AUSTIN, Texas, Jan. 2 (UPI) -- Winter storms that ripped through the central and Southern United States at the end of 2015 dealt a blow to Texas' dairy industry.
The Texas Association of Dairymen said in a statement Saturday that winter storm conditions killed about 5 percent of mature dairy cows in the state. The group does not know how many heifers and calves have been lost. Executive director Darren Turley said as farmers continue to assess the damage, the number of losses is expected to rise.
"The immediate challenge is how to handle these sudden, massive losses of animals," Turley said in the statement. "The ordinary methods for disposal cannot handle the volume of deaths we are seeing from this storm. The Texas Association of Dairymen is working with the Texas Commission on Environmental Quality and other agencies to determine how the animals can be disposed of both quickly and safely."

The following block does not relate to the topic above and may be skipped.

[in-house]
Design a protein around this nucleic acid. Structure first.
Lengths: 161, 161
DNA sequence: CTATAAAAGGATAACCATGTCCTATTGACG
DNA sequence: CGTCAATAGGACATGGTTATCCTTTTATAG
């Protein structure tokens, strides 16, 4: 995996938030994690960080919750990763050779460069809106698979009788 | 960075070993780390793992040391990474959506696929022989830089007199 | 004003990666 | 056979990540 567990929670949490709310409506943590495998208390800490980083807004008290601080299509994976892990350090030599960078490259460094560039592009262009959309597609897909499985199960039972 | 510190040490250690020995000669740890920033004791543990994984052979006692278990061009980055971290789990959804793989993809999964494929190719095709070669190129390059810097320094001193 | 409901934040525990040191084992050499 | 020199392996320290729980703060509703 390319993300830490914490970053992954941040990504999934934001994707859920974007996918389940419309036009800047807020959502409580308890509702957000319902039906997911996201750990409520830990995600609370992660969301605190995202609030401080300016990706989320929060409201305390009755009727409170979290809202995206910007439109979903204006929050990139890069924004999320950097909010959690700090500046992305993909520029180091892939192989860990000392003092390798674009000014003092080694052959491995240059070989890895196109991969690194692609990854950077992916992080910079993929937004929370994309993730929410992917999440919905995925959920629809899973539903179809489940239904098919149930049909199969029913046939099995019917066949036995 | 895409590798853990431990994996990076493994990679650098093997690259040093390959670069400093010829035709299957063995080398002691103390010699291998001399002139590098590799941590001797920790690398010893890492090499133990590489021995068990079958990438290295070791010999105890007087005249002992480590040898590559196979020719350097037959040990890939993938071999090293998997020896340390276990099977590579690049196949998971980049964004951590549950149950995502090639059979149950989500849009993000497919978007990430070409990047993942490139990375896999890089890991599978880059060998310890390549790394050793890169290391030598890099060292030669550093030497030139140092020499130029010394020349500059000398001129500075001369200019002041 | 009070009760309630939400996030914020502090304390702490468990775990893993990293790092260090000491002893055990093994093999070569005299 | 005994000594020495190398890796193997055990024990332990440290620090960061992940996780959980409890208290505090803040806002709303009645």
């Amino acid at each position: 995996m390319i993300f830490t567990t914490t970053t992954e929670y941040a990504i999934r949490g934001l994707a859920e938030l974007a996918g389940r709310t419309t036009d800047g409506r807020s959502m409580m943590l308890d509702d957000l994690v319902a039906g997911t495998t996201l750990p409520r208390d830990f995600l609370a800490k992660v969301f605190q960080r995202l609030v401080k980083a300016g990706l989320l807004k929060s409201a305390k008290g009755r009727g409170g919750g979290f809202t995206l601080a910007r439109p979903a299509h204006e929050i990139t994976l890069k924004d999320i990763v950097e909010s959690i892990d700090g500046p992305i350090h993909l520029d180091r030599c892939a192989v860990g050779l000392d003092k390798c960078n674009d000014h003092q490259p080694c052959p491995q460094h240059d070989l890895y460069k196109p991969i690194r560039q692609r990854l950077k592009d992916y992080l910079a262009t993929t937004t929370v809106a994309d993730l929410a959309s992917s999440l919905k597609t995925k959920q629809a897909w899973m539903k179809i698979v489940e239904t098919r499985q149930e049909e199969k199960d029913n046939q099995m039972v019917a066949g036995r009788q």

Turley also said blizzard conditions prevented employees from accessing the farms to milk cows, which typically needs to happen twice a day.
"When a dairy cow goes that long without being milked, her milk supply starts to dry up," Turley said. "That means the dairy cows in this region will give less milk for months to come. Less milk going to market will be felt by consumers, as well as by dairy farmers."
Hundreds of loads of milk waiting to be processed went to waste during the blizzard.
CNN reported storm system Goliath barreled through Missouri, Texas, Oklahoma and Georgia earlier this week, causing about 49 deaths. The upper Midwest and Northeast were also hit with several inches of snow and freezing rain.